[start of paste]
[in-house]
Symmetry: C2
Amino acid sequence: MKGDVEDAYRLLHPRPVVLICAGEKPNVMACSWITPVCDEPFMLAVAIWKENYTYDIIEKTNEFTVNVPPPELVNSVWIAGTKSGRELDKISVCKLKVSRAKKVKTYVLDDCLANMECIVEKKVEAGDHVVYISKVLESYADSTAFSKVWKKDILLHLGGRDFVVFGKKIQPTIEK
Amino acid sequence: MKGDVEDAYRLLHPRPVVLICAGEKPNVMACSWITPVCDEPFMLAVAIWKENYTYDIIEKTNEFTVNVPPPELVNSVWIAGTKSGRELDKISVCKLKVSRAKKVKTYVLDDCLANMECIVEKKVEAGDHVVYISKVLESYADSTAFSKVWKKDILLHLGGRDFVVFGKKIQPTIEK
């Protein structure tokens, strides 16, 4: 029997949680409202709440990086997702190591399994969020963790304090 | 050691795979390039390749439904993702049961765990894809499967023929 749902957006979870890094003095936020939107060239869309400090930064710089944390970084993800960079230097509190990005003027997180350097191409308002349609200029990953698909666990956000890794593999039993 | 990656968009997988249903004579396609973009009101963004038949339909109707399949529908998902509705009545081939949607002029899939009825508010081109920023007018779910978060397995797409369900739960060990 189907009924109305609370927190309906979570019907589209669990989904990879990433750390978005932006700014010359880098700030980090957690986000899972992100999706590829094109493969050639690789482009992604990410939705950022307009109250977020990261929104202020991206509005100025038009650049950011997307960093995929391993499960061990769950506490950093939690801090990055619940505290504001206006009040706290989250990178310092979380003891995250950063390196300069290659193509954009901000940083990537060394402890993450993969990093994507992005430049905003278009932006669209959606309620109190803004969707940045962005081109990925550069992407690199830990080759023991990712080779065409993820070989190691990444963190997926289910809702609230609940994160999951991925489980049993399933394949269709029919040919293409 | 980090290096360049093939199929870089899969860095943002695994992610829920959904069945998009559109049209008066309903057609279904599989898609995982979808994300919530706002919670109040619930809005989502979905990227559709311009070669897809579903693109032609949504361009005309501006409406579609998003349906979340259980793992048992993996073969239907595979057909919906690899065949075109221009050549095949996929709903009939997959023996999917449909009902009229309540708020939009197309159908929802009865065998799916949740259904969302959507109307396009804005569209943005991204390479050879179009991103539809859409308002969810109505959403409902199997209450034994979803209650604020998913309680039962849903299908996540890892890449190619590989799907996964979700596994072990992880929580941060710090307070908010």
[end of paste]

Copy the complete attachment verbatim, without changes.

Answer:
[in-house]
Symmetry: C2
Amino acid sequence: MKGDVEDAYRLLHPRPVVLICAGEKPNVMACSWITPVCDEPFMLAVAIWKENYTYDIIEKTNEFTVNVPPPELVNSVWIAGTKSGRELDKISVCKLKVSRAKKVKTYVLDDCLANMECIVEKKVEAGDHVVYISKVLESYADSTAFSKVWKKDILLHLGGRDFVVFGKKIQPTIEK
Amino acid sequence: MKGDVEDAYRLLHPRPVVLICAGEKPNVMACSWITPVCDEPFMLAVAIWKENYTYDIIEKTNEFTVNVPPPELVNSVWIAGTKSGRELDKISVCKLKVSRAKKVKTYVLDDCLANMECIVEKKVEAGDHVVYISKVLESYADSTAFSKVWKKDILLHLGGRDFVVFGKKIQPTIEK
């Protein structure tokens, strides 16, 4: 029997949680409202709440990086997702190591399994969020963790304090 | 050691795979390039390749439904993702049961765990894809499967023929 749902957006979870890094003095936020939107060239869309400090930064710089944390970084993800960079230097509190990005003027997180350097191409308002349609200029990953698909666990956000890794593999039993 | 990656968009997988249903004579396609973009009101963004038949339909109707399949529908998902509705009545081939949607002029899939009825508010081109920023007018779910978060397995797409369900739960060990 189907009924109305609370927190309906979570019907589209669990989904990879990433750390978005932006700014010359880098700030980090957690986000899972992100999706590829094109493969050639690789482009992604990410939705950022307009109250977020990261929104202020991206509005100025038009650049950011997307960093995929391993499960061990769950506490950093939690801090990055619940505290504001206006009040706290989250990178310092979380003891995250950063390196300069290659193509954009901000940083990537060394402890993450993969990093994507992005430049905003278009932006669209959606309620109190803004969707940045962005081109990925550069992407690199830990080759023991990712080779065409993820070989190691990444963190997926289910809702609230609940994160999951991925489980049993399933394949269709029919040919293409 | 980090290096360049093939199929870089899969860095943002695994992610829920959904069945998009559109049209008066309903057609279904599989898609995982979808994300919530706002919670109040619930809005989502979905990227559709311009070669897809579903693109032609949504361009005309501006409406579609998003349906979340259980793992048992993996073969239907595979057909919906690899065949075109221009050549095949996929709903009939997959023996999917449909009902009229309540708020939009197309159908929802009865065998799916949740259904969302959507109307396009804005569209943005991204390479050879179009991103539809859409308002969810109505959403409902199997209450034994979803209650604020998913309680039962849903299908996540890892890449190619590989799907996964979700596994072990992880929580941060710090307070908010």